Applying an Organizational Uncertainty Principle: Semantic Web-Based Metrics

Applying an Organizational Uncertainty Principle: Semantic Web-Based Metrics

Joseph Wood (LTC, US Army, USA), Hui-Lien Tung (Paine College, USA), Tina Marshall-Bradley (Paine College, USA), Donald A. Sofge (Naval Research Laboratory, USA), James Grayson (Augusta State University, USA), Margo Bergman (Northwest Health Services Research & Development (HSR&D), USA) and W.F. Lawless (Paine College, USA)
DOI: 10.4018/978-1-60566-650-1.ch024
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Abstract

The theory of bistable perceptions in the interaction indicates the existence of an uncertainty principle with effects amplified at the organizational level. Traditional theory of the interaction, organizational theory, and the justification for an organizational uncertainty principle are reviewed. The organizational uncertainty principle predicts counterintuitive effects that can be exploited with the Semantic Web to formulate a set of metrics for organizational performance. As a preliminary test of the principle, metrics derived from it are applied to two case studies, both works in progress, with the first as an ongoing large system-wide application of web-based metrics for organizational performance and the second as a case study of a small college where web-based metrics are being considered and constructed. In preparation for the possibility of machine-based real-time metrics afforded by the Semantic Web, the results demonstrate a successful theory and application in the field of an uncertainty principle for organizations.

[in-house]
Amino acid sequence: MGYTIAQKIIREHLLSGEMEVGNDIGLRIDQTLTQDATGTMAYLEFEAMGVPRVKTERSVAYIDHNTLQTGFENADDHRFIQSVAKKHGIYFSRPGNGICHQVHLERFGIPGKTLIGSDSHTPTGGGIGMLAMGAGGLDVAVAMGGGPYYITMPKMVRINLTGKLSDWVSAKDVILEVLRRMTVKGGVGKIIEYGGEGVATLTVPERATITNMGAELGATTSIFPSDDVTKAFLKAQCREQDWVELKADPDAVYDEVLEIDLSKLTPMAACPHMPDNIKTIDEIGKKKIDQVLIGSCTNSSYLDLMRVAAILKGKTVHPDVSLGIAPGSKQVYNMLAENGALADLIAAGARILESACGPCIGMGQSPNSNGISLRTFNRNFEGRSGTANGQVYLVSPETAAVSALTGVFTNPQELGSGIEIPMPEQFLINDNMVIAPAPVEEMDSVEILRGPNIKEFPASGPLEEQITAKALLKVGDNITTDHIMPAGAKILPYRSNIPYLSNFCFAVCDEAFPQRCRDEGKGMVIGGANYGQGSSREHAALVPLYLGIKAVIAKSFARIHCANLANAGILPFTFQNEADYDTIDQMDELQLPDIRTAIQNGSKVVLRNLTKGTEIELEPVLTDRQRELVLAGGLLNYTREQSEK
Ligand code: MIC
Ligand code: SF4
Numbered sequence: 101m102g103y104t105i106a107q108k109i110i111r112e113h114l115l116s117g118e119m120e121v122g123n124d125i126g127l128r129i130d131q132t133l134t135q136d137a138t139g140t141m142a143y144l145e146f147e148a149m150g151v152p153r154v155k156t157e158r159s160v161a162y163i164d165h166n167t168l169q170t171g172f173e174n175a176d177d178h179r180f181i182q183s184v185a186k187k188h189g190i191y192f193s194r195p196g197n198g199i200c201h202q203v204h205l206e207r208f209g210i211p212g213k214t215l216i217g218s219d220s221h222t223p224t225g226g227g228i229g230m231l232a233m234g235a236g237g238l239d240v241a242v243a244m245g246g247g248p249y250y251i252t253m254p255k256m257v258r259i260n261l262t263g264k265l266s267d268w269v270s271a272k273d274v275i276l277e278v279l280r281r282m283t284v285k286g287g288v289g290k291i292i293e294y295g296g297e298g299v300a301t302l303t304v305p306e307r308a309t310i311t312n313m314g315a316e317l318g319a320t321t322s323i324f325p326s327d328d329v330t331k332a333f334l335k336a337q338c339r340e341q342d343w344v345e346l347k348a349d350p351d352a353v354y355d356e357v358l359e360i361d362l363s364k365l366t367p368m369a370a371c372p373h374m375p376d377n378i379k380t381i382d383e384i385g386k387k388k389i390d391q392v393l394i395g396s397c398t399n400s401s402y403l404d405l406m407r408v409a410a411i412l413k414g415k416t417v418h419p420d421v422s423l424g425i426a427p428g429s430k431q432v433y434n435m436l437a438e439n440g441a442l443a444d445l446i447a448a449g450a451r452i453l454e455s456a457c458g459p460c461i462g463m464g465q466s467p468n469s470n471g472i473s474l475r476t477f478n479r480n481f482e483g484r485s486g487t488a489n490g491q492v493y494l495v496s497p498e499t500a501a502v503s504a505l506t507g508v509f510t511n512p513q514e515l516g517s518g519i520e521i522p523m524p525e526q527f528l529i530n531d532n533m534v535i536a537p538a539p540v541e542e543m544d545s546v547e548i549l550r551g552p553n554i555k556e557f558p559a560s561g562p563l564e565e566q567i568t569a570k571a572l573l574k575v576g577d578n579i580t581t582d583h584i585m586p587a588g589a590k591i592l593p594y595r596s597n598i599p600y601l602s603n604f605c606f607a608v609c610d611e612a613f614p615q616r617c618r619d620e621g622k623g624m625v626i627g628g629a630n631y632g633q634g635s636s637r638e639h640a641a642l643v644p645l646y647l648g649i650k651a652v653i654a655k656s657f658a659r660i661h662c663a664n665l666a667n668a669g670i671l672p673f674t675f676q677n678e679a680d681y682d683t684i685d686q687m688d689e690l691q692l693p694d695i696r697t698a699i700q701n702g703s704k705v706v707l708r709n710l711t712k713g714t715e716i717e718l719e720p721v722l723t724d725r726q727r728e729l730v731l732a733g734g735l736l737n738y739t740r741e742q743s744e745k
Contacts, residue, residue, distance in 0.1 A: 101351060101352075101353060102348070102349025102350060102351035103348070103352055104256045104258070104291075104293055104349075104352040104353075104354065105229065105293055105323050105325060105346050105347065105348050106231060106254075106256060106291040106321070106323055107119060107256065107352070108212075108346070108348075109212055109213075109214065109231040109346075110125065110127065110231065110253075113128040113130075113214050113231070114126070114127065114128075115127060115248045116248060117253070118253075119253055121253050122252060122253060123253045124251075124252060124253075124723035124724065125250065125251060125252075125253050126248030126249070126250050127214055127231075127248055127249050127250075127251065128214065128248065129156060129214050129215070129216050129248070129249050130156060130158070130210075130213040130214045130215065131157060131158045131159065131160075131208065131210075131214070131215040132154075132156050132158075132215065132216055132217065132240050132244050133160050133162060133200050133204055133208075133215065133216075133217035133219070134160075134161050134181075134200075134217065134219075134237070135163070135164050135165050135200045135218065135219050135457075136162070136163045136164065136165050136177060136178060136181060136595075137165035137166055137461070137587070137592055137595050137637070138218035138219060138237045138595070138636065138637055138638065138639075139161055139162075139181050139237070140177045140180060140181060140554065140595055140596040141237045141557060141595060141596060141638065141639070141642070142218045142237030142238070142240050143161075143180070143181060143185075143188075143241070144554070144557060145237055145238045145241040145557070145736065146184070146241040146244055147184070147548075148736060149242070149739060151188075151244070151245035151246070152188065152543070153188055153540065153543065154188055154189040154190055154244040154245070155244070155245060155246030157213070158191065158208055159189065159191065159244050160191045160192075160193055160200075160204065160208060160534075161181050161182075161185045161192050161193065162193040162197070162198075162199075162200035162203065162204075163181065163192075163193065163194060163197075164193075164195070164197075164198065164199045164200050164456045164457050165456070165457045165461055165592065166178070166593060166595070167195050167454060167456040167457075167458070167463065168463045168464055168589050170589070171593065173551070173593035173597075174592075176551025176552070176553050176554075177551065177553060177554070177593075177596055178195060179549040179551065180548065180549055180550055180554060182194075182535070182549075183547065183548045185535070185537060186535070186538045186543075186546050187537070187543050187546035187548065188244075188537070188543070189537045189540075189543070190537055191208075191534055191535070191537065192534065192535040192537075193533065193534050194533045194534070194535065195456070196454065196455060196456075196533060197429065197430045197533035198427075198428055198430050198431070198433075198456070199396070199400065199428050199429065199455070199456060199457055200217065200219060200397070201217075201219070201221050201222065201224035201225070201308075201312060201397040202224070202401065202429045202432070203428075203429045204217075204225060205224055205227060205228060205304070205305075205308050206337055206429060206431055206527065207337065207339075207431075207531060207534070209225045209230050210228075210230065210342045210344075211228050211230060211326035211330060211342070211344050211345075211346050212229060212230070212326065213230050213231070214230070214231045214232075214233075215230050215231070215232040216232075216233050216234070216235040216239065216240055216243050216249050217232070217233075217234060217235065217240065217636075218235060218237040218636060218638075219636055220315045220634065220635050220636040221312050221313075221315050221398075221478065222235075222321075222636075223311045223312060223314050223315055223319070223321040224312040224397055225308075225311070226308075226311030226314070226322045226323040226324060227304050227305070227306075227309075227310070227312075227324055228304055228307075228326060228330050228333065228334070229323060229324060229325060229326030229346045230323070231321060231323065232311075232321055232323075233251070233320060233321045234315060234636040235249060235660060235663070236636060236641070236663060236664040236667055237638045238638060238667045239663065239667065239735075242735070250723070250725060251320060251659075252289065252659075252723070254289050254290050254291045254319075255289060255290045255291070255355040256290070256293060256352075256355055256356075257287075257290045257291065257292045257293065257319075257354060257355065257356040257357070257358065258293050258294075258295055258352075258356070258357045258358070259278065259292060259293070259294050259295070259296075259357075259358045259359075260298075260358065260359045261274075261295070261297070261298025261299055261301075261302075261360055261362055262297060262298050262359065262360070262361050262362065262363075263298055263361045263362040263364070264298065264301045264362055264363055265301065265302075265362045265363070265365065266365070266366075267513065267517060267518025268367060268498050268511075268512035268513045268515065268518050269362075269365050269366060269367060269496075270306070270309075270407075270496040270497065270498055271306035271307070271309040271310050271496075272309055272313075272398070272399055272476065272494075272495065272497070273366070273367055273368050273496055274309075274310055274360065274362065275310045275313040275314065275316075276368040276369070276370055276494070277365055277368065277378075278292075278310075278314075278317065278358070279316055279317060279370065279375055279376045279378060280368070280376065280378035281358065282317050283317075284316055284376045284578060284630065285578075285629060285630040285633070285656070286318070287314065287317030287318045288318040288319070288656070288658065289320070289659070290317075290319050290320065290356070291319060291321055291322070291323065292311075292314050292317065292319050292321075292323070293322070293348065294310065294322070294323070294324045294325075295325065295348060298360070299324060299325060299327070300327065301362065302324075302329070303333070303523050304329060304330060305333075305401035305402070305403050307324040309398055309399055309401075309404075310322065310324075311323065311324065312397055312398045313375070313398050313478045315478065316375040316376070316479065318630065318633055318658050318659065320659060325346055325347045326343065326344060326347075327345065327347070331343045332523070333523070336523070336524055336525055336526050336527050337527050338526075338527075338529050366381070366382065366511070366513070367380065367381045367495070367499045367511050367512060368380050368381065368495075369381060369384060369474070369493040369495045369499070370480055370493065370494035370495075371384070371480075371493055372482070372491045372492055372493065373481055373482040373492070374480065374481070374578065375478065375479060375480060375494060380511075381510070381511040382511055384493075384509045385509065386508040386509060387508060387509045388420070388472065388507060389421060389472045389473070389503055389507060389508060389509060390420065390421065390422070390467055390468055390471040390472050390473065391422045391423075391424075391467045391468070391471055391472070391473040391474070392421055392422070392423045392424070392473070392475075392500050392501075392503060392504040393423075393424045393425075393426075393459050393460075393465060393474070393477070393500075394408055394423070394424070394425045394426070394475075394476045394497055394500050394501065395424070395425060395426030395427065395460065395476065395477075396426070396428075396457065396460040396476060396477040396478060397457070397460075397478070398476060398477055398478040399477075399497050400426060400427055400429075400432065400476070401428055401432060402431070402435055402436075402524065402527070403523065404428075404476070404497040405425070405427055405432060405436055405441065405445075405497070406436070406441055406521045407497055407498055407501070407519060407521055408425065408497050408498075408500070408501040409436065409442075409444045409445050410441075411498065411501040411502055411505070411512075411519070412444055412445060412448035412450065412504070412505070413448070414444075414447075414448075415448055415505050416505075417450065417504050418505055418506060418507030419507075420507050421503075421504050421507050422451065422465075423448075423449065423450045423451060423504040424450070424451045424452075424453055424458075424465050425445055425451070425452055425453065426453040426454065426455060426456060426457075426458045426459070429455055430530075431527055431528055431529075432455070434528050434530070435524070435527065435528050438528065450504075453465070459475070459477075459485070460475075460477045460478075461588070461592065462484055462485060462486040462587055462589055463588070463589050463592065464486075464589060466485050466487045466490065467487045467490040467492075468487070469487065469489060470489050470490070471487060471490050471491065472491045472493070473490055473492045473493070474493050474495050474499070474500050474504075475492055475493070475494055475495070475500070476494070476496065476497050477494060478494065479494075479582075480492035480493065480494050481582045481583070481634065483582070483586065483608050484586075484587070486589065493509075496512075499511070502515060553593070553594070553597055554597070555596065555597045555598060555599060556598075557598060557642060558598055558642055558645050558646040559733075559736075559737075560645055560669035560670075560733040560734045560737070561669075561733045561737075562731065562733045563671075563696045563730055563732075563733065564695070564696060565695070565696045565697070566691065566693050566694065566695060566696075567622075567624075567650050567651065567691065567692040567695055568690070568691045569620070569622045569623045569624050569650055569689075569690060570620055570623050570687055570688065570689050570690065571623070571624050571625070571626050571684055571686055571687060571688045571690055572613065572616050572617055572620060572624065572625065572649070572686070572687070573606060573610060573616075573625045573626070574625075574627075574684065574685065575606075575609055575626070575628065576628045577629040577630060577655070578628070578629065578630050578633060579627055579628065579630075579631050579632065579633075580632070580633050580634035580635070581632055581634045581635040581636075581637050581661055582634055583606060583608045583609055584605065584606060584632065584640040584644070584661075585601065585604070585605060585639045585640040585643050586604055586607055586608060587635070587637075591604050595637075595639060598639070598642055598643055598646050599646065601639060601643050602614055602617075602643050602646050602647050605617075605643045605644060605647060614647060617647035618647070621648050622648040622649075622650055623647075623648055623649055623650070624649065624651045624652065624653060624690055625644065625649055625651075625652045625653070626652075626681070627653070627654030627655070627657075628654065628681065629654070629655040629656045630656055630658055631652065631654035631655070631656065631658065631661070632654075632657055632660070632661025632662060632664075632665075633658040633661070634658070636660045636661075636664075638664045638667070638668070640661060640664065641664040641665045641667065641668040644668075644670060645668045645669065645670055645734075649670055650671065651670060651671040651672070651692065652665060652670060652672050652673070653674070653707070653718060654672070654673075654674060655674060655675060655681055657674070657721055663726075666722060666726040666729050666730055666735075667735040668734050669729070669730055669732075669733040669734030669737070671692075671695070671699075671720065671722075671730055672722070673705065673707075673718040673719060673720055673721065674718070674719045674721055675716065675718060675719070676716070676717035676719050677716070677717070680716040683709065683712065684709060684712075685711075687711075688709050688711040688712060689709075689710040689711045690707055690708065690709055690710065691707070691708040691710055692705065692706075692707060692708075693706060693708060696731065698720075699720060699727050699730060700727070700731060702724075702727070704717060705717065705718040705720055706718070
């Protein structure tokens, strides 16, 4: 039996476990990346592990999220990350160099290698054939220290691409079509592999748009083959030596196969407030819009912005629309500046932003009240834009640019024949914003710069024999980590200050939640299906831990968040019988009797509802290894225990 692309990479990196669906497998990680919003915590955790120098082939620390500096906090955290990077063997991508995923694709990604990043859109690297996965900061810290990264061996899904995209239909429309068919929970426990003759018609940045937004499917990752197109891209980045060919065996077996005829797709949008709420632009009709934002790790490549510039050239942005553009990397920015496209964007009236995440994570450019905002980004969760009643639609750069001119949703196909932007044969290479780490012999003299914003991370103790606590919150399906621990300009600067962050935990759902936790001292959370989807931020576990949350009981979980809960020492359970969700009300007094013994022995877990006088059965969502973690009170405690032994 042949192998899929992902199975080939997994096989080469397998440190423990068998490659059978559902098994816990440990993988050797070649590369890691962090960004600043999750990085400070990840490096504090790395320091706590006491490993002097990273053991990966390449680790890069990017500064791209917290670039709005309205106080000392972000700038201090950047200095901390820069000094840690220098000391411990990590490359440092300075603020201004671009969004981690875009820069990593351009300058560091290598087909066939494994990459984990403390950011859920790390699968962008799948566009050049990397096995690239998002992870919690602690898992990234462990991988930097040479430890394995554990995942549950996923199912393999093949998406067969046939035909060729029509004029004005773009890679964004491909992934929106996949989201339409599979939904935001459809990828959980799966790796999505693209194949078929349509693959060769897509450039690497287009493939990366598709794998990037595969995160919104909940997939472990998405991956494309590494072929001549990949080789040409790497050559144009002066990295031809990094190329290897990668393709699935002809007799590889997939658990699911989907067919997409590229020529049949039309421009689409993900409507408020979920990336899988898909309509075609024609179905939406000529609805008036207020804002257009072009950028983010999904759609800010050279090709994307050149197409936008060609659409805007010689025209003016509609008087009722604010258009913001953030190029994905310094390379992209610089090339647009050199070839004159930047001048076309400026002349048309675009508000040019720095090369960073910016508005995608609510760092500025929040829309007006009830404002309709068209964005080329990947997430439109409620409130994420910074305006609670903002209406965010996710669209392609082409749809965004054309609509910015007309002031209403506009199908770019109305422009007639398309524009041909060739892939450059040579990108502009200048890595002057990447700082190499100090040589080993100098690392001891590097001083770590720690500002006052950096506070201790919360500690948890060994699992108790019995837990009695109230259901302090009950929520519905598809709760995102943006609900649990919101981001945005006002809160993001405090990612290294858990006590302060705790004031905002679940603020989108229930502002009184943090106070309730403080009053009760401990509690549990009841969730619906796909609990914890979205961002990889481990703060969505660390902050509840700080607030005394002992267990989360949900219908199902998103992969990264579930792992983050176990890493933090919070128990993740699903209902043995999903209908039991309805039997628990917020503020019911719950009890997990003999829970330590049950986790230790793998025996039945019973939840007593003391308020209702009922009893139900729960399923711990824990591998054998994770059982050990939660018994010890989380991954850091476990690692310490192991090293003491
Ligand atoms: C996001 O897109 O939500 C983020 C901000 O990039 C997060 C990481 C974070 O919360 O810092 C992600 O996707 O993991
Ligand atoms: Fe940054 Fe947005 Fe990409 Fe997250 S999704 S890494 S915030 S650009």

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Introduction

Overview. No theory of organizations is widely accepted today (Pfeffer & Fing, 2005). In this chapter, we provide a brief discussion of the problems with traditional organizational theory and, focusing on fundamentals, a classical (quantum) alternative model that accounts for predictions from traditional theory and at the same time its supposedly spurious but ultimately disconfirming findings. With its focus on the individual, traditional theory, also known as methodological individualism, encompasses social learning theory (SLT) and game theory. SLT includes classical or Pavlovian conditioning, operant or Skinnerian reinforcement, and modeling (for a revised version and summary, see Bandura, 1989). In contrast to SLT, game theory focuses on the interaction between two or more individuals (Von Neuman & Morgenstern, 1953), but like SLT, it is static; an attempt to make game theory dynamic employs repeated presentations of static game matrices. But the need for the classical (quantum) alternative is inherently based on the fundamental questions raised by the traditional focus on the individual.

In addition to theory, we review field data and the application of the organizational uncertainty principle in the form of performance metrics to two case studies, one of an ongoing, long-term nature and the other incipient. Both case studies are web-based. We include a review of the future semantic web and its implications for the two case studies. Finally, we discuss future prospects with the semantic web for theory, tests and computational models of the organizational uncertainty principle, and a path forward for the two case studies.

From the perspective of the Semantic web, our objectives are to review traditional social learning and game theory for organizations and the alternative organizational uncertainty principle. Our objective for the organizational uncertainty principle is to justify its formulation based on evidence and to review two case studies that use metrics to exploit the organizational uncertainty principle. Our final objective is to provide a path forward with automatic machine-based data generating real-time online metrics for future research with the semantic web.